I can use a low amp inductive clamp on the CAN wire to the module instead but I am not sure how many mA the CAN network carries. My probe is only good to maybe 5mA though in this case a diredctional change should be enough.
 

Papabravo

Joined Feb 24, 2006
12,405
I don't think this is a very good idea. Here is what I would do.
  1. Take the module that produces messages, and get it to produce 1 message on a properly terminated network on which it is a lonely node. No reply will show up in the Ack Slot and the producing node will go into an infinite loop, continually retrying the transmission. You can easily see the sent data on an oscilloscope.
  2. Take this "golden" transmitter and construct a properly terminated 2 node network with the "golden" transmitter and a receiving node which may or may not be suspect. Get the "golden" transmitter to send a message and watch for the reply.
We actually built a tool like this to probe all kinds of nodes on a two note network, with an interactive keyboard and display.
 

bwilliams60

Joined Nov 18, 2012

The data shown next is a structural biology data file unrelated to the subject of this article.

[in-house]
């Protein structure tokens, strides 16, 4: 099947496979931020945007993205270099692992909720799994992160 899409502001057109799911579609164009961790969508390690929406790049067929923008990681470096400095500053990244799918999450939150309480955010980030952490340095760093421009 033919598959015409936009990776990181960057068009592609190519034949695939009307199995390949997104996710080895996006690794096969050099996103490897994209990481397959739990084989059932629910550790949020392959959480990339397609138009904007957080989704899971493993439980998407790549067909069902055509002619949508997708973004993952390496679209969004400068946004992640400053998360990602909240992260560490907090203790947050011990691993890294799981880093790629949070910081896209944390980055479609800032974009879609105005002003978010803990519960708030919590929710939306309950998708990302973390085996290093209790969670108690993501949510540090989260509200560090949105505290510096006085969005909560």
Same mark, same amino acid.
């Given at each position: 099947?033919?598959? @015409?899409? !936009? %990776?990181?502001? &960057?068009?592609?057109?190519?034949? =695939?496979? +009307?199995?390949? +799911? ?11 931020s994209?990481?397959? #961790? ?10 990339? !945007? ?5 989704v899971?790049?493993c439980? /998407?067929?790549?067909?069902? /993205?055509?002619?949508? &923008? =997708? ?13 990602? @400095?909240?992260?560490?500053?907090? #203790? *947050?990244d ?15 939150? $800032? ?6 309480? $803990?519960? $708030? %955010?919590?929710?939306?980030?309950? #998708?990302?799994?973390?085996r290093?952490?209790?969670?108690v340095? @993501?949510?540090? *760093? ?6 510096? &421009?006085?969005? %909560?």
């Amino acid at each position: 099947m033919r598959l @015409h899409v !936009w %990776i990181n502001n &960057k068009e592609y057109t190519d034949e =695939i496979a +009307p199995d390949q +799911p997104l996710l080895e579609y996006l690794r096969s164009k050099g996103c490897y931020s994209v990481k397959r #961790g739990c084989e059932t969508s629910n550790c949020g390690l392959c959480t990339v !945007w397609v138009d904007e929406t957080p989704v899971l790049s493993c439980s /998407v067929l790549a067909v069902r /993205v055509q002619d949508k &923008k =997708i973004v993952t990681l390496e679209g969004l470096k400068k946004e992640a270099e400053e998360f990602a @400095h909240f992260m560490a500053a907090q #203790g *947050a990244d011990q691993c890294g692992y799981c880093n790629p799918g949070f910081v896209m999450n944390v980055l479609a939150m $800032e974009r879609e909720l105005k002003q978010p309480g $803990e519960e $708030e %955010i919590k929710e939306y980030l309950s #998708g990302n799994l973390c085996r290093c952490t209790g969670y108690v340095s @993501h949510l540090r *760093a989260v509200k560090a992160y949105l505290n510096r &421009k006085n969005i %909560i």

1,179
When messages are sent out over CAN Bus networks, an address must be attached to the message identifying the source of the signal. When it is received, the receiver must send an acknowledgement back to the transmitter saying it has received the message. It also must contain an address. I am not sure why you are trying to create something that is already there. If you can intercept the data, you should be able to tell whether or not they are both doing their job.
As well, a code is usually generated indicating a problem. Most of what you are trying to do can be done by monitoring voltage values on the CAN bus.
 

Papabravo

Joined Feb 24, 2006
12,405
When messages are sent out over CAN Bus networks, an address must be attached to the message identifying the source of the signal. When it is received, the receiver must send an acknowledgement back to the transmitter saying it has received the message. It also must contain an address. I am not sure why you are trying to create something that is already there. If you can intercept the data, you should be able to tell whether or not they are both doing their job.